Salaries subject to remuneration review

Personnel Committee to conduct first comprehensive examination of full-time pay since 2009-10

After consulting a salary grid, the Board of Directors passes all salaries for student employees of the AMS prior to the hiring period in the winter semester.
After consulting a salary grid, the Board of Directors passes all salaries for student employees of the AMS prior to the hiring period in the winter semester.

Over $140,000 in student dollars are spent on AMS commissioner salaries — the equivalent of almost 2000 AMS-specific student fees.

This point was raised by Commerce Society President Nicola Plummer at a recent AMS Assembly.

“I would think that a vast majority of students don’t realize this is how their student fees are being spent,” Plummer, Comm ’13, told Assembly on Sept. 27 during a discussion regarding commission budgets.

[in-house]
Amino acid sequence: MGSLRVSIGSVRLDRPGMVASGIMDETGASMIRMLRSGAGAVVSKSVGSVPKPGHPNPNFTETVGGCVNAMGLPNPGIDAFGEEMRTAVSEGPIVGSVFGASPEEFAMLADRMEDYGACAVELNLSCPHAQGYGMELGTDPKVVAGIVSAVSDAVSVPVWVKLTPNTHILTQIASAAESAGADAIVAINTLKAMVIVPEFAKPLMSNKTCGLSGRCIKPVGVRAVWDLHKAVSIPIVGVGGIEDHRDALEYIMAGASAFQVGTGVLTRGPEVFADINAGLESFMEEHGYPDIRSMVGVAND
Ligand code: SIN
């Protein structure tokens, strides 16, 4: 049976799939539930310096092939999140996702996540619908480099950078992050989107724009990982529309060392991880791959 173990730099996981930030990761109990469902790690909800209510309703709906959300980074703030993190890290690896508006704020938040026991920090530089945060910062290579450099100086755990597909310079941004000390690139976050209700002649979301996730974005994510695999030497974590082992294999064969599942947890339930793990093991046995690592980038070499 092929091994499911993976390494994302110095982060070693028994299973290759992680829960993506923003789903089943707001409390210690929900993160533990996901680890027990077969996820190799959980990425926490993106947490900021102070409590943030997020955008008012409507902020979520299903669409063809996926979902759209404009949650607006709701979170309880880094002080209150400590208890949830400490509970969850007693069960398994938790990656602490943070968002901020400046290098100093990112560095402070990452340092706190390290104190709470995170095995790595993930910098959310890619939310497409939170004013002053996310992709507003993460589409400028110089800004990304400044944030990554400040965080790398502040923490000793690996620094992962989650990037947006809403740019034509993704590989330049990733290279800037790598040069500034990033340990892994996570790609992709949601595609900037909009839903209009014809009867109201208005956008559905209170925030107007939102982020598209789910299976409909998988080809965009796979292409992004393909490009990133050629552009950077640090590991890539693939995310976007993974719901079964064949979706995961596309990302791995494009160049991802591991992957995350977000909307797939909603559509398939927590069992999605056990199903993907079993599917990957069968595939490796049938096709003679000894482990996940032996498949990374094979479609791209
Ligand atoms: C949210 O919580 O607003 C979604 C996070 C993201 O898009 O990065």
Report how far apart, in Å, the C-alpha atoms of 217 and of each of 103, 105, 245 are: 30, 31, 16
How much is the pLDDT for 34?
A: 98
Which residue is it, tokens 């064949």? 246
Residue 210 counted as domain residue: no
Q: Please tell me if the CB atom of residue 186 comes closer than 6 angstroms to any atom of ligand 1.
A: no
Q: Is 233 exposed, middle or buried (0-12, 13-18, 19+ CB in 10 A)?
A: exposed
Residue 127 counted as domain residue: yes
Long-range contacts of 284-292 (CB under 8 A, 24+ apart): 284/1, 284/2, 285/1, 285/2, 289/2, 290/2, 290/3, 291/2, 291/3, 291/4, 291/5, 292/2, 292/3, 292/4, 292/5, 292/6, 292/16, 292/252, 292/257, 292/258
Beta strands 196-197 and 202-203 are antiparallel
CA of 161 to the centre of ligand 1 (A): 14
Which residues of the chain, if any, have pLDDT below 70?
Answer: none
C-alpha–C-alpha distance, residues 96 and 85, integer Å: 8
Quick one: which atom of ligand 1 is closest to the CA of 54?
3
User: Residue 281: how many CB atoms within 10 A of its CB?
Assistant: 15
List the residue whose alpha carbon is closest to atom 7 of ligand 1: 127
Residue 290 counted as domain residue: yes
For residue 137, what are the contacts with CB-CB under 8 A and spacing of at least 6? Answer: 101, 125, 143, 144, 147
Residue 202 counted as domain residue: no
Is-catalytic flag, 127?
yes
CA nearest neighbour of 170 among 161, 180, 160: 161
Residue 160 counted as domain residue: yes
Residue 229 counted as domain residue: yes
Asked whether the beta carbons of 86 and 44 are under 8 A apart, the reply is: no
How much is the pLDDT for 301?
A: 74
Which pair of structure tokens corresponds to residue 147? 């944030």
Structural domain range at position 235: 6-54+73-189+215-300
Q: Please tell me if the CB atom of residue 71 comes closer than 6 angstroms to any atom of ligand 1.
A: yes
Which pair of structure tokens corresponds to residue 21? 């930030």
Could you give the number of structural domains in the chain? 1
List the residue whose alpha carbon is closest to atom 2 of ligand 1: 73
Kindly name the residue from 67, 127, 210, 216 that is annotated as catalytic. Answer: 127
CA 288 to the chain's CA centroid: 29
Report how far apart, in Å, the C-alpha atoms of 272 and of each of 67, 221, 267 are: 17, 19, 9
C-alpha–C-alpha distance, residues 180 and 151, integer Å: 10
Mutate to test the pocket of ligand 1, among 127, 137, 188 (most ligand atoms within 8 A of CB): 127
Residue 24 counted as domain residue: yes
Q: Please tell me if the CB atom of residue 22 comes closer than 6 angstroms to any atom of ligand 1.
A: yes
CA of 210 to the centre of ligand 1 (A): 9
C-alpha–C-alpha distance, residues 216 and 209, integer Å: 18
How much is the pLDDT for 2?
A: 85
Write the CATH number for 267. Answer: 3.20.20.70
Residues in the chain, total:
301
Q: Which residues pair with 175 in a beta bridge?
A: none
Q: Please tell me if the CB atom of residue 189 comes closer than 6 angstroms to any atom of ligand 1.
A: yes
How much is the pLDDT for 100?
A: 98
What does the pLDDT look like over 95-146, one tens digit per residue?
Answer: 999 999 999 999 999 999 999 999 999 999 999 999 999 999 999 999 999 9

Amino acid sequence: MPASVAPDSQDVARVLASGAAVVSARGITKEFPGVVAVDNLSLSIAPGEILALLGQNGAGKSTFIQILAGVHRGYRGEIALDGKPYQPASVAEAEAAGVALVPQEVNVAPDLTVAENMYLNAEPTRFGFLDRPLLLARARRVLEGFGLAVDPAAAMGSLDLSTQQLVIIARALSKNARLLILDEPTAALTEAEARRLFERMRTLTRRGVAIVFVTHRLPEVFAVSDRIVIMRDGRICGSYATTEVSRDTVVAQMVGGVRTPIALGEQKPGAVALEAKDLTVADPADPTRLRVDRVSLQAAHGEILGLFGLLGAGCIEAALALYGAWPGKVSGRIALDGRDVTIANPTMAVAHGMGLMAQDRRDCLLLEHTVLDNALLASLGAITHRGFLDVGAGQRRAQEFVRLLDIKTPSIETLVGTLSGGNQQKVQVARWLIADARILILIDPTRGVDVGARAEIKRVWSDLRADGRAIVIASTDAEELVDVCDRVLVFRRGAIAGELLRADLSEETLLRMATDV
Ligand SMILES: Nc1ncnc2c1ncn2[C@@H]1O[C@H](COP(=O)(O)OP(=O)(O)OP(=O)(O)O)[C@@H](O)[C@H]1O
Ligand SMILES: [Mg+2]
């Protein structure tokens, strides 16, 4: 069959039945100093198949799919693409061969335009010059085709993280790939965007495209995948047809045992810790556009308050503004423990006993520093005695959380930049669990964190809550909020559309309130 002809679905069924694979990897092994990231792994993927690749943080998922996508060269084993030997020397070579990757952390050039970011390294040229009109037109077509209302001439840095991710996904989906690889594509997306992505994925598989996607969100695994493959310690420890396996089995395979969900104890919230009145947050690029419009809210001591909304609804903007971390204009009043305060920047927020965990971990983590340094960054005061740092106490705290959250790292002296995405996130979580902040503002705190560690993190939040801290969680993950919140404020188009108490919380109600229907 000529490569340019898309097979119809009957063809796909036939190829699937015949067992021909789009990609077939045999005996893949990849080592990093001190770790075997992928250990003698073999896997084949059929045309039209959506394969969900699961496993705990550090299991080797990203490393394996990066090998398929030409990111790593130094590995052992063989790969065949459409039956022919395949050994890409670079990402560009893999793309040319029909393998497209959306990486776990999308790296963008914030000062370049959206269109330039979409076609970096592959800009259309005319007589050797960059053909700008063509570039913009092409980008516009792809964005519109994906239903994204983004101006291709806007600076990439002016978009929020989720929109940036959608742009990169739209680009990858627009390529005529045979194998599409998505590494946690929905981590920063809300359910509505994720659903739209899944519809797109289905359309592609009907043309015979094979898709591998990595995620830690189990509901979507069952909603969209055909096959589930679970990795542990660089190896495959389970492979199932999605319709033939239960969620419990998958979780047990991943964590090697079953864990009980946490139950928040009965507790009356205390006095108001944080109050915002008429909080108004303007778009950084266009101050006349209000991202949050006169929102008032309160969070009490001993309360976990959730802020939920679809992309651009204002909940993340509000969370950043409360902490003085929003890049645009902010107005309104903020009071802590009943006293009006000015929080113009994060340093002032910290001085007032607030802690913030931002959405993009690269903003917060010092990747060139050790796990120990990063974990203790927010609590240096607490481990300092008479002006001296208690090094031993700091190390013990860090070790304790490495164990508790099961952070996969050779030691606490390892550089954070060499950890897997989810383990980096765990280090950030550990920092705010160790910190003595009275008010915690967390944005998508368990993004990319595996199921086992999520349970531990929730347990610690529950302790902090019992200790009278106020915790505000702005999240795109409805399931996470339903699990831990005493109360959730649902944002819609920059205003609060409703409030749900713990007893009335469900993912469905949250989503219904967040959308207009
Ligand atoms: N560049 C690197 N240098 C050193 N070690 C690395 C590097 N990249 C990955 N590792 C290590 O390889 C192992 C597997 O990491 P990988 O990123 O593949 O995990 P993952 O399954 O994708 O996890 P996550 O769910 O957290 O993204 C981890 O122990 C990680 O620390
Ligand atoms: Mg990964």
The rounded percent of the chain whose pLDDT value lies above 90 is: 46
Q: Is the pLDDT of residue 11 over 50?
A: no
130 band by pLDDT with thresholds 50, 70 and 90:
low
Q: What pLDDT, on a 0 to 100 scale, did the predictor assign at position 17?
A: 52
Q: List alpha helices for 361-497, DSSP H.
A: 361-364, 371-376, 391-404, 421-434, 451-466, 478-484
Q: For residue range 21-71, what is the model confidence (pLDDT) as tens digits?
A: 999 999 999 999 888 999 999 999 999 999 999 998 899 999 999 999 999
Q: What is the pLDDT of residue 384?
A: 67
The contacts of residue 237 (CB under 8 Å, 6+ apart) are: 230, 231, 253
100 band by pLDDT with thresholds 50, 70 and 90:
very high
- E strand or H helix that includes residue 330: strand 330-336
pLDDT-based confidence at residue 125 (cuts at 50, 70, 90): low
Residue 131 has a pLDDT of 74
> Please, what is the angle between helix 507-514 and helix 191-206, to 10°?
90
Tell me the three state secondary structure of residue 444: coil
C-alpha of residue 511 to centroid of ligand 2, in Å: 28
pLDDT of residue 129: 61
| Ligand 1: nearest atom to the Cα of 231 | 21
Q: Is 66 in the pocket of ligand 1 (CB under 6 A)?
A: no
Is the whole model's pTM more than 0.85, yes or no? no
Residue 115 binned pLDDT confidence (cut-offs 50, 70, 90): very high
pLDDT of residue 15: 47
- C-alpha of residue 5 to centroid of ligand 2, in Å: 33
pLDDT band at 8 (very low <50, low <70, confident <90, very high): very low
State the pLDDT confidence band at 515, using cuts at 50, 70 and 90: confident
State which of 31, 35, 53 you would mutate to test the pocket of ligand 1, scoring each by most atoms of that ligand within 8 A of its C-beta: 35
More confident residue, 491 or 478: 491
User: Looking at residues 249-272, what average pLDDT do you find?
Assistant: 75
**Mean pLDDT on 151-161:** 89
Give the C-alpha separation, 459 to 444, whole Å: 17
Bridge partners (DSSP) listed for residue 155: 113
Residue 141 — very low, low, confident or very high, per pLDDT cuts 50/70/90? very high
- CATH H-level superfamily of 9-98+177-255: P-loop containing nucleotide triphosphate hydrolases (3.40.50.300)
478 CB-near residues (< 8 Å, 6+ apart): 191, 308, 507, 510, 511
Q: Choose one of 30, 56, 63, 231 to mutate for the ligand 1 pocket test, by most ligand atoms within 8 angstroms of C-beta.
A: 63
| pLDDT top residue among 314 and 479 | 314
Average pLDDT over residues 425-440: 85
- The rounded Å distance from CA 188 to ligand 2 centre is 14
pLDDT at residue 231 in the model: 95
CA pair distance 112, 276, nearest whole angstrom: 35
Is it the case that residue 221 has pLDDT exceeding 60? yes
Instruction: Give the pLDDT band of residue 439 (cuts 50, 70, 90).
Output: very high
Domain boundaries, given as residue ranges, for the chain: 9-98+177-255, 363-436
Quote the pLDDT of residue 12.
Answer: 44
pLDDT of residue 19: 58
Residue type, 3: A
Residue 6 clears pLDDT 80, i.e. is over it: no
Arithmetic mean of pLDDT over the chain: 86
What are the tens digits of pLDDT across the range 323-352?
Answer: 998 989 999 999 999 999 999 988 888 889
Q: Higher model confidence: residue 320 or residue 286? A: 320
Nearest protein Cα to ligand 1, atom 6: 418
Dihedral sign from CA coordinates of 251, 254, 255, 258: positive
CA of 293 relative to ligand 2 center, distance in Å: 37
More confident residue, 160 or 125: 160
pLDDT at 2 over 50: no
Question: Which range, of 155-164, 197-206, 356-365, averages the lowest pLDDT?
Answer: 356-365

Plummer brought the concern to Assembly in an effort to ensure accountability regarding student-salaried positions.

Currently salaries for each commissioner are paid through the $70.18 AMS-specific fee, which is collected from each full-time student in undergraduate programs, MBA and Medicine.

Last year, the salaries for the 60 salaried workers within the AMS were raised by five per cent.

“The finance committee met with a variety of individuals and decided to propose a five per cent salary increase to more fairly compensate the amount of work put into the positions,” Rob Gamble, chair of AMS Board of Directors, said.

Gamble, ArtSci ’13, said students ultimately can’t have the last say when it comes to salaries.